Two decades ago, the world was producing just half the amount of plastic waste it does today.
Yet, despite efforts by environmentalists, only 9 per cent of plastic waste is successfully recycled, according to the latest Organisation for Economic Co-operation and Development report.
June 5 is the UN World Environment Day, marked each year to highlight the importance of the environment.
The majority of plastic waste ends up being dumped in giant landfill sites, burnt or left to pollute the environment.
Stricter policies needed
The OECD's first Global Plastics Outlook report shows that with populations growing and more people using and discarding the material, current policies to stop it from leaking into the environment are working.
The average amount of plastic waste generated by one person each year varies from 221 kilograms in the US and 114kg in European OECD countries, to 69kg in Japan and South Korea.
Often the main problem is poorly disposed of so-called macroplastics, such as plastic bottles, but microplastics are another major problem, which can leak into the food chain. Examples of microplastics are fibres from synthetic textiles, or microbeads found in personal hygiene products.
According to UN figures, plastic pollution in the 1950s totaled two million tonnes. By 2017 it had risen to 348 million tonnes. It is a global industry valued at $522.6 billion.
That is expected to double by 2040.
In March, heads of state, environment ministers and other representatives from 175 nations endorsed a resolution at the UN Environment Assembly in Nairobi to curb plastic pollution. The intention was to forge a legally binding agreement that would tackle the problem by the end of 2024.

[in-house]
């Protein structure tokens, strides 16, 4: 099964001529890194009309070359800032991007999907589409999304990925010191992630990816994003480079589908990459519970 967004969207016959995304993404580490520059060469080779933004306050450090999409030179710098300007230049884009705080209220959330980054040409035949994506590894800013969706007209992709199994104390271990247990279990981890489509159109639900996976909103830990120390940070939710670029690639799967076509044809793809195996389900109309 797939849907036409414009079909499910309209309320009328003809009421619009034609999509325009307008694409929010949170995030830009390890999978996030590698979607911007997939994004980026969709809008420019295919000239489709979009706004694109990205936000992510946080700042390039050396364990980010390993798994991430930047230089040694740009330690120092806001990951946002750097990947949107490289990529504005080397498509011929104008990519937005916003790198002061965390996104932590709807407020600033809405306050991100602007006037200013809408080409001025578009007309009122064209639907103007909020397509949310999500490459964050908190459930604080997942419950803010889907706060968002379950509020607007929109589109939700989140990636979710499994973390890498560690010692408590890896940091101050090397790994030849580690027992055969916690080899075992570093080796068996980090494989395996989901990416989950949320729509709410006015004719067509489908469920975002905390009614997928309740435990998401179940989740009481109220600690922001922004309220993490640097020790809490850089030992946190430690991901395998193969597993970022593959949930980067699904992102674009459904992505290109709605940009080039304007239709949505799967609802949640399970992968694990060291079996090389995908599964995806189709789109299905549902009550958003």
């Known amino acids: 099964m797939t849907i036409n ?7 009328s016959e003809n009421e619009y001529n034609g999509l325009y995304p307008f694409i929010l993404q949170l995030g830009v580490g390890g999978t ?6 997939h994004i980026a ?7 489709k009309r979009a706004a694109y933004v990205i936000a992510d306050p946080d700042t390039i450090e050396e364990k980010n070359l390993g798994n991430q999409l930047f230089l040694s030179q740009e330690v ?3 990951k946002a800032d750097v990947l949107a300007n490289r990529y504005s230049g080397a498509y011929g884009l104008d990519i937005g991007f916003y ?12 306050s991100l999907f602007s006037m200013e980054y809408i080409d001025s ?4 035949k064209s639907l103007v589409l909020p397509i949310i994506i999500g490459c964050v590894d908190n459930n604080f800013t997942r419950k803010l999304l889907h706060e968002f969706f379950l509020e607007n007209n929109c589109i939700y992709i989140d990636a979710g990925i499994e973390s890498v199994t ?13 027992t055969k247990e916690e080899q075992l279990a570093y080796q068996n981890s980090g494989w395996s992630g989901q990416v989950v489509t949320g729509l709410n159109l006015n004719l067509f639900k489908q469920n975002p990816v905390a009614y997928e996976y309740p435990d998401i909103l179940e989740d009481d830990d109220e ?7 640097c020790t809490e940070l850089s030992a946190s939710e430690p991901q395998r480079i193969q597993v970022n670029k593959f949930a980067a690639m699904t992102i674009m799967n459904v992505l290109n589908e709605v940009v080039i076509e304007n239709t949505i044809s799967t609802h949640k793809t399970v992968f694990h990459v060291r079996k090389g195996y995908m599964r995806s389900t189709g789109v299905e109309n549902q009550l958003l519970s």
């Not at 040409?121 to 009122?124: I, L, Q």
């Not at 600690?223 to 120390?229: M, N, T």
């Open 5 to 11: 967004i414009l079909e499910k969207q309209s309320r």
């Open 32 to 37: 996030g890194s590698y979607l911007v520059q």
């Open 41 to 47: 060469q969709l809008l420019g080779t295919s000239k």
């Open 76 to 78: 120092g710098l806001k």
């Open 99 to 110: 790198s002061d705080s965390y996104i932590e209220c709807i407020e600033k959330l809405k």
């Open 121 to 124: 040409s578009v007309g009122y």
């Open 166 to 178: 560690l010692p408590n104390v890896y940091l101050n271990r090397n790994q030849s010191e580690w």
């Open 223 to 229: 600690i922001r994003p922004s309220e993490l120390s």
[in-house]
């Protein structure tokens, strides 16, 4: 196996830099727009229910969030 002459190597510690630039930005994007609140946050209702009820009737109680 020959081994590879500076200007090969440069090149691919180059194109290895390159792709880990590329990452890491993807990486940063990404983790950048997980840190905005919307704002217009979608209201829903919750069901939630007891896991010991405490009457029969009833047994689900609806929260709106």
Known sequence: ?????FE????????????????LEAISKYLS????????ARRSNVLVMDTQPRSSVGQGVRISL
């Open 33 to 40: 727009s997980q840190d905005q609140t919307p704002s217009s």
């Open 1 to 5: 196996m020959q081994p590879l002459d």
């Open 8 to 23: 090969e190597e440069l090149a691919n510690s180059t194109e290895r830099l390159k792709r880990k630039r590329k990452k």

Rivers and coastlines
About 80 per cent of plastic in seas gets there via rivers and coastlines, according to Our World In Data. The rest comes from marine activities such as fishing.
Studies have suggested that just a handful of rivers can be blamed for the majority of plastic pollution entering oceans, with between 60 to 90 per cent of plastics coming from just 10 rivers.
Asian rivers account for an estimated 80 per cent of ocean plastics, with the Philippines being responsible for about 30 per cent of the world's total.
The Philippines' high contribution may be due to the amount of coastline it has, with most of its population living by or near the sea.
The OECD report indicates that to reduce the amount of plastic entering oceans the problem of waste mismanagement needs to be tackled.
Wealthier nations either incinerate or recycle their waste, or it gets sent to landfills that are well managed. Lower-income countries do not have this system, meaning their waste is more likely to end up badly managed and polluting the environment.
OECD facts on plastic waste:
- Plastic consumption has quadrupled over the past 30 years, driven by growth in emerging markets. Global plastic production doubled from 2000 to 2019 to reach 460 million tonnes. Plastics account for 3.4 per cent of global greenhouse gas emissions.
- Global plastic waste generation more than doubled from 2000 to 2019, to 353 million tonnes. Nearly two thirds of plastic waste comes from plastics with lifetimes of under five years, with 40 per cent coming from packaging, 12 per cent from consumer goods and 11 per cent from clothing and textiles.
- Only 9 per cent of plastic waste is recycled — 15 per cent is collected for recycling but 40 per cent of that is disposed of as residues. Another 19 per cent is incinerated, 50 per cent ends up in landfills and 22 per cent evades waste management systems and goes into uncontrolled dumpsites, is burnt in open pits or ends up in terrestrial or aquatic environments, especially in poorer countries.
- In 2019, 6.1 million tonnes of plastic waste leaked into aquatic environments and 1.7 million tonnes flowed into oceans. There is now an estimated 30 million tonnes of plastic waste in seas and oceans, and a further 109 million tonnes has accumulated in rivers.